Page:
Culture techniques that maximize the likelihood of GBS recovery are required for prenatal screening. Collection of specimens for culture may be conducted in the outpatient clinic setting by either the patient, with appropriate instruction, or health-care provider. This involves swabbing the lower vagina and rectum (i.e., through the anal sphincter). Because lower vaginal as opposed to cervical cultures are recommended, cultures should not be collected by speculum examination. Specimens should be placed in a nonnutritive transport medium (e.g., Amies or Stuart's without charcoal). Specimen labels should clearly identify that specimens are for group B streptococcal culture. If susceptibility testing is ordered for penicillin-allergic women, specimen labels should also identify the patient as penicillin allergic and should specify that if GBS is isolated, it should be tested for susceptibility to clindamycin and erythromycin. Specimens should be inoculated into a selective broth medium (examples of appropriate commercially available media include Trans-Vag Broth supplemented with 5 percent defibrinated sheep blood or LIM broth), incubated overnight, and subcultured onto solid blood agar medium. Methods of testing prenatal isolates from penicillin-allergic women for susceptibility to clindamycin and erythromycin are outlined. Laboratories should report culture results (positive and negative) and susceptibility testing results to the anticipated site of delivery (when known) and to the health-care provider who ordered the test.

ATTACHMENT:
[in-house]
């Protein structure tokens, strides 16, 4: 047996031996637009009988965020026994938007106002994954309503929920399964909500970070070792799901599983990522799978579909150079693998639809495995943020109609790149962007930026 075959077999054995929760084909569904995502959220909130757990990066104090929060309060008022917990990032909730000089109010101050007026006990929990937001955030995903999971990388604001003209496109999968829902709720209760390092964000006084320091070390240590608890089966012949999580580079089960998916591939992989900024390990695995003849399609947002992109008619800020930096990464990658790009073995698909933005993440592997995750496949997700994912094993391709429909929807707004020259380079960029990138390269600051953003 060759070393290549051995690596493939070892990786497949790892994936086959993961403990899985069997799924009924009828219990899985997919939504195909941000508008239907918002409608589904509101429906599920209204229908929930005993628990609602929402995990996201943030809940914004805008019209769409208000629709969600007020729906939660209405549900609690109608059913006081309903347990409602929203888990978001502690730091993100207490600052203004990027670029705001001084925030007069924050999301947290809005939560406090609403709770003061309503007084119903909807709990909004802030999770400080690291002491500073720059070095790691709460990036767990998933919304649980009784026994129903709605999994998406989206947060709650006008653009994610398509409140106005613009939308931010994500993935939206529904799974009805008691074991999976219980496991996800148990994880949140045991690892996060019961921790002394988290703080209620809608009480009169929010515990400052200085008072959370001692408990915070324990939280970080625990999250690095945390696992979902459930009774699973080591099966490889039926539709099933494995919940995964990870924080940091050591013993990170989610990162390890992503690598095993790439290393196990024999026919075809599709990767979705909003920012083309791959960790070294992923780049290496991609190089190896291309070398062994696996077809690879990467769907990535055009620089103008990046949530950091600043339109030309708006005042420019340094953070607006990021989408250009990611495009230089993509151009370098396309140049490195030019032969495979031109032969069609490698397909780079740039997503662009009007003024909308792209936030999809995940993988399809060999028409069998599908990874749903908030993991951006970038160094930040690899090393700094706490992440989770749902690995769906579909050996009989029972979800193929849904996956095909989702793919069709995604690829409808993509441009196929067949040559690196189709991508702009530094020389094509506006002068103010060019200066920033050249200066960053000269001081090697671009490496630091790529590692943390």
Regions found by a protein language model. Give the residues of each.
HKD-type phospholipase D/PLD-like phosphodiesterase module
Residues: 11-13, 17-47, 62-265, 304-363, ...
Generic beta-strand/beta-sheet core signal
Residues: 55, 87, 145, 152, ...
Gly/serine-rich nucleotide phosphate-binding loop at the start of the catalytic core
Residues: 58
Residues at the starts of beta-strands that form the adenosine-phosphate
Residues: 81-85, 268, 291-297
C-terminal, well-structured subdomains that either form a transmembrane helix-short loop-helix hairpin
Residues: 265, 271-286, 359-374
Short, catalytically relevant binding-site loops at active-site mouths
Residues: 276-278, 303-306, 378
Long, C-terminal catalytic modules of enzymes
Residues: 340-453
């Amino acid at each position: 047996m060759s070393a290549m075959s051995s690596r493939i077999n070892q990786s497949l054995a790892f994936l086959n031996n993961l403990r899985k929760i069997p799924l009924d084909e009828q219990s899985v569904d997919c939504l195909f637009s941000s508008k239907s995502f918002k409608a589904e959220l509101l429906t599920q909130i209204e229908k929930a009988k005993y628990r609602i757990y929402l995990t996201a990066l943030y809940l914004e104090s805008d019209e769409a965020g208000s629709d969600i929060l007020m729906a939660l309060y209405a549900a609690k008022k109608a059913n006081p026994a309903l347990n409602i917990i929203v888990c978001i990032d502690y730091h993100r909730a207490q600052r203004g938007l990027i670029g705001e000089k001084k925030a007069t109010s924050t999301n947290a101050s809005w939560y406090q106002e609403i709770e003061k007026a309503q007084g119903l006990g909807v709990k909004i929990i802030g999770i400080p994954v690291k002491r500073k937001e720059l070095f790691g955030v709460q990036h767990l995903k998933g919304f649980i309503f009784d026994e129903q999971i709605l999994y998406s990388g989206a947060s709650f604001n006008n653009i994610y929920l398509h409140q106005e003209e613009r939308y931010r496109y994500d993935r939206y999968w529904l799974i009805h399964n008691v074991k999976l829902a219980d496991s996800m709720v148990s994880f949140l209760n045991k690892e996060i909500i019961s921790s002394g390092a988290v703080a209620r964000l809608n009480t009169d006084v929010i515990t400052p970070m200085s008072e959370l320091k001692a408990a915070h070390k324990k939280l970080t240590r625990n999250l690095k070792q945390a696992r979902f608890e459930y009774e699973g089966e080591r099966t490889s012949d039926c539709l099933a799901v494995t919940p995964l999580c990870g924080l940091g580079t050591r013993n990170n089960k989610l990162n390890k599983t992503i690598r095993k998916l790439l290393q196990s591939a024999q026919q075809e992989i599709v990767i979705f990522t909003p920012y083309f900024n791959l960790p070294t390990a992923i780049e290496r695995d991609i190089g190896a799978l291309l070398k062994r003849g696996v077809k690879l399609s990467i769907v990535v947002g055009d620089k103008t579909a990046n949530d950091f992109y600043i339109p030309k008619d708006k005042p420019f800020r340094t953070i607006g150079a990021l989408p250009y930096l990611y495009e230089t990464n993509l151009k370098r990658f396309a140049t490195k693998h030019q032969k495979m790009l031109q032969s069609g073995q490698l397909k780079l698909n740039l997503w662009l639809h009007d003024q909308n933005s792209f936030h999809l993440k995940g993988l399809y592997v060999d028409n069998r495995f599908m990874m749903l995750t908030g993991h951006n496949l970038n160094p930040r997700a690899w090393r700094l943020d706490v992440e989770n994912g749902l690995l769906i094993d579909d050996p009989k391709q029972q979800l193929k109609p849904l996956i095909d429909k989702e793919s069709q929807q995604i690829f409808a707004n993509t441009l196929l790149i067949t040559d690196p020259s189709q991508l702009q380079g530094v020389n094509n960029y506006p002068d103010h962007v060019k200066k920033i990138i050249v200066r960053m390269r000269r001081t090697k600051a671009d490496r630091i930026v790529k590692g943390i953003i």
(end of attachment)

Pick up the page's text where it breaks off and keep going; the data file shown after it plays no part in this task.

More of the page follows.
Health-care providers should inform women of their GBS screening test result and the recommended interventions. In the absence of GBS urinary tract infection, antimicrobial agents should not be used before the intrapartum period to treat GBS colonization. Such treatment is not effective in eliminating carriage or preventing neonatal disease and may cause adverse consequences (DI).
GBS-colonized women who have a planned cesarean delivery performed before rupture of membranes and onset of labor are at low risk for having an infant with early-onset GBS disease. These women should not routinely receive intrapartum chemoprophylaxis for perinatal GBS disease prevention.